MA Criminology / Course details
Year of entry: 2021
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Course unit details:
Evaluating Policy & Practice
|Unit level||FHEQ level 7 – master's degree or fourth year of an integrated master's degree|
|Teaching period(s)||Semester 2|
|Available as a free choice unit?||Yes|
The unit aims to (1) introduce students to the principles, method and purposes of evaluation research, with a special emphasis on evaluation of criminal justice and crime prevention initiatives; (2) provide a forum for the critical analysis of the logic and methods of evaluation research; and (3) give students an understanding of how evaluations are conceived, conducted and disseminated.
On completion of the unit, the student will gain: (1) an understanding of the role and purpose of evaluation, and its applications in policy, practice and community action; (2) an understanding of different philosophical perspectives that underpin different approaches to evaluation; (3) a good knowledge of the different types of evaluation research and how these can be critically assessed; and (4) A basic understanding of: (i) the uses of qualitative and quantitative data in evaluation research ; (ii) experimental and quasi-experimental designs, as well as meta-analysis ; (iii) presentation and dissemination of evaluation findings, and their implications for policy and practice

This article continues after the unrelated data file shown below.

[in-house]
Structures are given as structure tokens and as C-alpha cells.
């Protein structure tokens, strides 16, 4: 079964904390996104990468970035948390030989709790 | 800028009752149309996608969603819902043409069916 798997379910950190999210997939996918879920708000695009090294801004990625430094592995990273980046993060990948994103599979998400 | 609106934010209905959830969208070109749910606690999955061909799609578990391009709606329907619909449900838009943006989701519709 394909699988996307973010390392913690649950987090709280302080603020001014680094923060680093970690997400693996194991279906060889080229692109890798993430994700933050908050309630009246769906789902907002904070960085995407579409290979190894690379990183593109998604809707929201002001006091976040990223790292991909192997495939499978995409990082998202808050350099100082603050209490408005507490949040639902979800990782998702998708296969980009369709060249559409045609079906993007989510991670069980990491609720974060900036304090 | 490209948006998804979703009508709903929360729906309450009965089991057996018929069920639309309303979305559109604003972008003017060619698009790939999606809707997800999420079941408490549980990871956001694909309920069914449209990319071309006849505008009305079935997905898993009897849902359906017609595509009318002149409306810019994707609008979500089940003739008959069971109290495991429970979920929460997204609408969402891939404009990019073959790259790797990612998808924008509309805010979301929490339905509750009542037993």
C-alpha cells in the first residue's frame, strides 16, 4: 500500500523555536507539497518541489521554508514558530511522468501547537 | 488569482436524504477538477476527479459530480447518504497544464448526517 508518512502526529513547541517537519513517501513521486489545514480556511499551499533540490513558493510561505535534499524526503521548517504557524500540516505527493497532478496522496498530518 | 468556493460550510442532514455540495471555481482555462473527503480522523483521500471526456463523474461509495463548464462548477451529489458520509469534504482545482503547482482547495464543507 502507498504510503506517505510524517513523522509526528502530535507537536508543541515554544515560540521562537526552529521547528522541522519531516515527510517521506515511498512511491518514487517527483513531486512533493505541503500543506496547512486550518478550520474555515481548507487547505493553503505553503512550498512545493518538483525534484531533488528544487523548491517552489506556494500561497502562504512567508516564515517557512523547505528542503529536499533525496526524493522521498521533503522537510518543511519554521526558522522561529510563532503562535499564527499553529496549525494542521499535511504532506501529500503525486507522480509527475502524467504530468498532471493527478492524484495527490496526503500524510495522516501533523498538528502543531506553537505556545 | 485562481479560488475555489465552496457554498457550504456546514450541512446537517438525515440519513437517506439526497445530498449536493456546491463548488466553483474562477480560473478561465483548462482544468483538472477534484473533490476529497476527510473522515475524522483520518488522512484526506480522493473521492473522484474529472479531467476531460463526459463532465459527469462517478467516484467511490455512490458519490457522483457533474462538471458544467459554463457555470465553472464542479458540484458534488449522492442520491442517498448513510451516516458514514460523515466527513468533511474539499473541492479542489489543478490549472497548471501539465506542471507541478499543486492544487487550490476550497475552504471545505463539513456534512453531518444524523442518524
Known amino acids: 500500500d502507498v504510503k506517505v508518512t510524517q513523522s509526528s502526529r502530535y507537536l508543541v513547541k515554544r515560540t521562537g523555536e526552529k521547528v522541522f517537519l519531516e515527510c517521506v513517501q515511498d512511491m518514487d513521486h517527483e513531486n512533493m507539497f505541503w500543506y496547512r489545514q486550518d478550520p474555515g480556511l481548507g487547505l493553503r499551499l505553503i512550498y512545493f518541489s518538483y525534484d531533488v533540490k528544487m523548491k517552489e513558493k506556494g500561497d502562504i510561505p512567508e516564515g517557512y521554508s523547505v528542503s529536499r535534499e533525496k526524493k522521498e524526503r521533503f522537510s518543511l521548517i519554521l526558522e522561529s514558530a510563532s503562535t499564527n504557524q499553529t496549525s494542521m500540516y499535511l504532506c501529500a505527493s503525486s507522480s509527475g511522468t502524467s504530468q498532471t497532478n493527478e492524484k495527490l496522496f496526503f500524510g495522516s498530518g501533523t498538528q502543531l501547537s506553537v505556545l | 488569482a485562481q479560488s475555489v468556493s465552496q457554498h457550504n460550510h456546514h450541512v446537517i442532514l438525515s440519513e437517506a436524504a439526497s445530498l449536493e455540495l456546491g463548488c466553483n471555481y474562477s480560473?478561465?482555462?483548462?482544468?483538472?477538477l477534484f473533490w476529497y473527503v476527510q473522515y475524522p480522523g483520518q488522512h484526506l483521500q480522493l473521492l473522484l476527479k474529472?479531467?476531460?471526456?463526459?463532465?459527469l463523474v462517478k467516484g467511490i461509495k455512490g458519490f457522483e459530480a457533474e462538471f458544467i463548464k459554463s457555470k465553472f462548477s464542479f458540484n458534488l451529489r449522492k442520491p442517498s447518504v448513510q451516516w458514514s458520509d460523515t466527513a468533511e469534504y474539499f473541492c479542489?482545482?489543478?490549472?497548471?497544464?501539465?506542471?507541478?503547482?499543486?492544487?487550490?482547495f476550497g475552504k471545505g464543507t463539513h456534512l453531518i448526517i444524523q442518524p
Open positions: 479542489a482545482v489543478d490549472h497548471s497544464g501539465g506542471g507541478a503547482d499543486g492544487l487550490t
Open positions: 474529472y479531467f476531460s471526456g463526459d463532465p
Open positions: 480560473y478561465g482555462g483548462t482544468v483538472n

Teaching and learning methods
Teaching in academic year 20/21 will reflect both University policy and local and national lockdown restrictions operating at the time of delivery. We will offer face-to-face teaching where possible and provide a like for like on-line experience for those unable to be on campus.
Our teaching models will be flexible and allow us to adapt to changing conditions, however, the common intention across units is to provide (1) media, activities and other learning material that should be engaged with before scheduled teaching; (2) a timetabled online lecture/workshop session used for a range of online Q&A and follow-up activities; (3) weekly opportunity for 1:1 support. In total, there will be the opportunity for a minimum of 20 hours of contact time.
|Written assignment (inc essay)||100%|
Formative feedback (both individual and collective) will be given on (1) on tasks and contribution in class, (2) developing essay plans. Detailed summative feedback will be given on the submitted essay via Blackboard (Grademark).
Bachman, R.D. and Schutt, R.K. (2017). The Practice of Research in Criminology and Criminal Justice. 6TH edn. Thousand Oaks: Sage.
|Independent study hours|
|Julia Buxton||Unit coordinator|
Study hours: Across their course units each semester, full-time students are expected to devote a ‘working week’ of 35-40 hours to study. Accordingly each course unit demands 9-10 hours of study per week comprised of (i) timetabled contact hours, (ii) preparation, required and further reading. Part-time students study the same number of weekly hours per unit but take fewer units per semester.